Reincarnation can be defined as a rebirth of the soul in a new body. His Holiness the Dalai Lama, also known as The Buddha of Compassion has been reborn thirteen times. Since the first Dalai Lama, each reincarnation has succeeded in bringing peace and wisdom to not only Tibetan Buddhists but to many around the world.
But how is the Dalai Lama found?
In order to find the present 14th incarnation, the Regent of Tibet took a journey to Lake Lhamo Lhatso in southern Tibet. For centuries the Tibetans had observed that visions of the future could be seen in this lake. The Regent had a vision. Among other things, he saw three Tibetan letters followed by a picture of a monastery with roofs of jade green and gold, and a house with turquoise tiles.
The vision contained enough information to seek out the next Dalai Lama. In 1937 high lamas and dignitaries carrying the secrets of the vision were sent to all parts of Tibet in search of the place that the Regent had seen in the waters. When they arrived in Amdo, they found a place matching the description of the secret vision. So the high lama and a government official along with two servants disguised themselves as traders and found the house that was seen in the vision. There they found a two-year-old boy, Lhamo Thondup.
The child soon became comfortable with his visitors and he began to play with a rosary that the high lama wore, which had belonged to the 13th Dalai Lama. In Central Tibet dialect, a language unknown to the district he lived in, the child demanded the rosary, claiming it belonged to him. He later addressed the government official by his proper name and also identified the high lama and servants.
Astonished, the men left the village only to return to apply tests to the child to help determine if he truly was the Dalai Lama. The first test was to identify objects that personally belonged to the Dalai Lamas before him. The child had to choose the correct items from carefully crafted duplicates; items included spectacles, a pencil, a bowl, a walking stick and a small hand drum. He passed the test quite easily. Next, the child was examined for eight distinctive marks of the Dalai Lama. After finding three of the marks the examiners were so overcome with joy that their eyes filled with tears.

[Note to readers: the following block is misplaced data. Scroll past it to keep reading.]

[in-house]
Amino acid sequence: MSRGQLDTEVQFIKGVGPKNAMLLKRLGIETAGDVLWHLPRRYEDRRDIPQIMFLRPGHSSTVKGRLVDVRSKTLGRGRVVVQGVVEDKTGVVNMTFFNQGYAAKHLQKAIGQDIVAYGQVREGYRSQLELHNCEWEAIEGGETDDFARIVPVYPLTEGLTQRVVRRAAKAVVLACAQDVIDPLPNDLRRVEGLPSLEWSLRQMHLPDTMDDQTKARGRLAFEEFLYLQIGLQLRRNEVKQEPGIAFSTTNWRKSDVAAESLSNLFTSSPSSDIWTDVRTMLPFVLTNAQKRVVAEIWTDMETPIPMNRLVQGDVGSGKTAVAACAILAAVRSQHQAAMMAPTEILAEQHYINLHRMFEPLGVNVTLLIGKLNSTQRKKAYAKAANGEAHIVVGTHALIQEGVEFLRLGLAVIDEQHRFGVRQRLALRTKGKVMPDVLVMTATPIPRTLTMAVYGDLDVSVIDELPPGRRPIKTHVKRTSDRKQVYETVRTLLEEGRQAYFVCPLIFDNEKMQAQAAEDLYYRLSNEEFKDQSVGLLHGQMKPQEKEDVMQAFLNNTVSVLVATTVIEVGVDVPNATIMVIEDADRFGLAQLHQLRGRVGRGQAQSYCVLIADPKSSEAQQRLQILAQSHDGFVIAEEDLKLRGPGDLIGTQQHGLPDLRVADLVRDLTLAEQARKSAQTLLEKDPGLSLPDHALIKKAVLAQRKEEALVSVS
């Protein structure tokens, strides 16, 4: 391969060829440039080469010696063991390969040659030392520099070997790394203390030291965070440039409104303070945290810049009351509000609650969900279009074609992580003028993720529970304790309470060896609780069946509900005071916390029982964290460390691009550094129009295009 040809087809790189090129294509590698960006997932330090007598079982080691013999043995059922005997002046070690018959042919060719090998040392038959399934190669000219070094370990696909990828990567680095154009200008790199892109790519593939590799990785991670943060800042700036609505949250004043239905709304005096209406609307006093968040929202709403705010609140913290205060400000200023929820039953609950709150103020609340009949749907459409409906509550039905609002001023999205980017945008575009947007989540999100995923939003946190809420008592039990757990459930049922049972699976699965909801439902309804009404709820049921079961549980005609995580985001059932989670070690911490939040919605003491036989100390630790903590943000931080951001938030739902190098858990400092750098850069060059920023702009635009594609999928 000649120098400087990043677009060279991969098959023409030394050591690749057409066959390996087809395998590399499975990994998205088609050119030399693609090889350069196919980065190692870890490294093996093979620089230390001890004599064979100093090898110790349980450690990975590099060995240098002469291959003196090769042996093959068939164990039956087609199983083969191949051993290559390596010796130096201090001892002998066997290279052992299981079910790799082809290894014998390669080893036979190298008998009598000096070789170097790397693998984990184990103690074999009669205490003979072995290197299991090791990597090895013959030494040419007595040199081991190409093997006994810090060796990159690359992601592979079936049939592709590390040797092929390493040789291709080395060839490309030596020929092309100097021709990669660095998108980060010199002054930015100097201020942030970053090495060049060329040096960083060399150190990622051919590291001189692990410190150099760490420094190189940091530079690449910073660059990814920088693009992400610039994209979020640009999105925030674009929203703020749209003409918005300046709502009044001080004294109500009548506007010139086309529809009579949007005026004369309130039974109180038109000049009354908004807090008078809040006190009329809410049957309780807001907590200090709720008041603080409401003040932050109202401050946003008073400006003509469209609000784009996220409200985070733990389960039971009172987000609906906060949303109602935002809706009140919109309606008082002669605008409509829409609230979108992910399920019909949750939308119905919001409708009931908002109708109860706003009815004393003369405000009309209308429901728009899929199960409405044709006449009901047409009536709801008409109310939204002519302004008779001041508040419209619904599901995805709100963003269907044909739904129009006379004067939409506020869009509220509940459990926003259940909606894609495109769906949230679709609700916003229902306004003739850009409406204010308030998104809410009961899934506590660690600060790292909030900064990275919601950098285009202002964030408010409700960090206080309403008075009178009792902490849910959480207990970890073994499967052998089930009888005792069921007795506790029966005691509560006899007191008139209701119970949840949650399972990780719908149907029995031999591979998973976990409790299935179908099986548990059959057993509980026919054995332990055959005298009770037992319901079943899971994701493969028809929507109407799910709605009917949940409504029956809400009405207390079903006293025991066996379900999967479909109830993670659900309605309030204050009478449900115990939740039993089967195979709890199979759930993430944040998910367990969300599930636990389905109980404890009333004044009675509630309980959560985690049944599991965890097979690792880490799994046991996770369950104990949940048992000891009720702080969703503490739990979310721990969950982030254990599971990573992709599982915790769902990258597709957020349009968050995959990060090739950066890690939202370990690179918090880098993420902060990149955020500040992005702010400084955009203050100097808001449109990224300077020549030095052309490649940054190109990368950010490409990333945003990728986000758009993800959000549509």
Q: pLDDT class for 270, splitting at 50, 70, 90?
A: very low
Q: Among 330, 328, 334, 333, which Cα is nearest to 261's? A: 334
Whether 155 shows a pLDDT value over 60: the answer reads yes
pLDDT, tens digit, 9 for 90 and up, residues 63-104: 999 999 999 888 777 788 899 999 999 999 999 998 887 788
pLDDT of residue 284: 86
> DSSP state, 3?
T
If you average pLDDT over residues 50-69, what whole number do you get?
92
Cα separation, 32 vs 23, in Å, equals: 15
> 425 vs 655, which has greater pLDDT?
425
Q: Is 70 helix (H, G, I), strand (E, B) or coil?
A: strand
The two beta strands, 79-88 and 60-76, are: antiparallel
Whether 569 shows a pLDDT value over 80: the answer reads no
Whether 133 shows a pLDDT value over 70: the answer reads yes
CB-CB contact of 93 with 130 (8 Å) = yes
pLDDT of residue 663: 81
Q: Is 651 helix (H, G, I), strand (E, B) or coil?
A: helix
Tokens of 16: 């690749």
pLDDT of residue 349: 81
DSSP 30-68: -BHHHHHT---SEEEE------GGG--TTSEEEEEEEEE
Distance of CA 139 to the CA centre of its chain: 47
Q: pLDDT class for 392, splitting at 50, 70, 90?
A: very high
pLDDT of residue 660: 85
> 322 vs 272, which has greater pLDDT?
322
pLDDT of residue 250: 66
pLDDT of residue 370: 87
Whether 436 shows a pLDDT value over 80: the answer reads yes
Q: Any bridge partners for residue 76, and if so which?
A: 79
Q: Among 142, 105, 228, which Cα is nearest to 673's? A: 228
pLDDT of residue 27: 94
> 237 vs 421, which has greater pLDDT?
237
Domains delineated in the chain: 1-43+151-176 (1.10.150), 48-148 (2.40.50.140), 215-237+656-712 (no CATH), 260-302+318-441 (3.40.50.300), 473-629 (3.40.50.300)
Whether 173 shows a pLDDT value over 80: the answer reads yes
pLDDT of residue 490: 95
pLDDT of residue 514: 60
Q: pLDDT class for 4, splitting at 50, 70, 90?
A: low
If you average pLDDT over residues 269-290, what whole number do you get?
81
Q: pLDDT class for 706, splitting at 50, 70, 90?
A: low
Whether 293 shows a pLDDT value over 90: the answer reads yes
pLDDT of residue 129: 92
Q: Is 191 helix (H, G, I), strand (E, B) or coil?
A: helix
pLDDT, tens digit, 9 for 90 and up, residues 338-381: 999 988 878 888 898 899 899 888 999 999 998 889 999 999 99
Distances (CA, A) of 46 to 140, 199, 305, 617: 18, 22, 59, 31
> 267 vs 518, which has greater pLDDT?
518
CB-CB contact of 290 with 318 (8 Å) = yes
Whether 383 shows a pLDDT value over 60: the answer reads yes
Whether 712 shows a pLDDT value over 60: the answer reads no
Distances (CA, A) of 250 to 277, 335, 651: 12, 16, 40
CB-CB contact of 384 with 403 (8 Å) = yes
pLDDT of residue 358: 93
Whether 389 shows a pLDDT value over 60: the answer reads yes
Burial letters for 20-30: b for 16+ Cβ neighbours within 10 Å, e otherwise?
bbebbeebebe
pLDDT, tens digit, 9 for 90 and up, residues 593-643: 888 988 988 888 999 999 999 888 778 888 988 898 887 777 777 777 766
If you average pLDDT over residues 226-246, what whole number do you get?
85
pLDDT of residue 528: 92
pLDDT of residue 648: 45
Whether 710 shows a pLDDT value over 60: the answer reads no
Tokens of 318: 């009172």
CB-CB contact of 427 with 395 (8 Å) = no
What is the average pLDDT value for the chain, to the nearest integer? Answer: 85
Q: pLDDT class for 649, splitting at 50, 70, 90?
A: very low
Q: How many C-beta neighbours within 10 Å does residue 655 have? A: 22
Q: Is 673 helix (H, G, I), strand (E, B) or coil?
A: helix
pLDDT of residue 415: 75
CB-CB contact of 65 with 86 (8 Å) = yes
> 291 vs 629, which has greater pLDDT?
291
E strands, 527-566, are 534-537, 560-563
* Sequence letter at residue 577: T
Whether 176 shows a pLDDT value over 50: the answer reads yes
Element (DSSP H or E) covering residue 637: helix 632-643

There was no doubt in their minds that the two-year-old boy before them was the 14th Dalai Lama of Tibet.
In 1950, at the age of 15, now renamed Tenzin Gyatso, His Holiness assumed full political power but under uncertain political conditions as China had invaded Tibet a year earlier in 1949. In 1959, with the brutal suppression of the Tibetan national uprising in Lhasa by Chinese troops, the Dalai Lama was forced to escape into exile. Today the Dalai Lama still lives in exile and has been living in Dharamsala, north India, the seat of the Tibetan Government-in-Exile since 1959.
China retains political, economic and social control in Tibet to this day, and recently announced plans to build a railway from China into this inaccessible, mountainous country. Tibetans are justifiably concerned that China is attempting to destroy the Tibetan culture by flooding the country with Mainland Chinese making Tibetans a minority in their own country.
Despite China’s political will, the Tibetan culture is still strong 52 years after the invasion. The 14th Dalai Lama was awarded the Nobel Peace Prize in 1989 for his “peaceful solutions based upon tolerance and mutual respect in order to preserve the historical and cultural heritage of his people.”
Written by Faze teen contributor Eileen Harrigan
Photos sent (via post!) by and published with permission from The Tibet Museum Photographic Archive, Department of Information and International Relations, Central Tibetan Administration, Dharamsala, (H.P.) India, 176215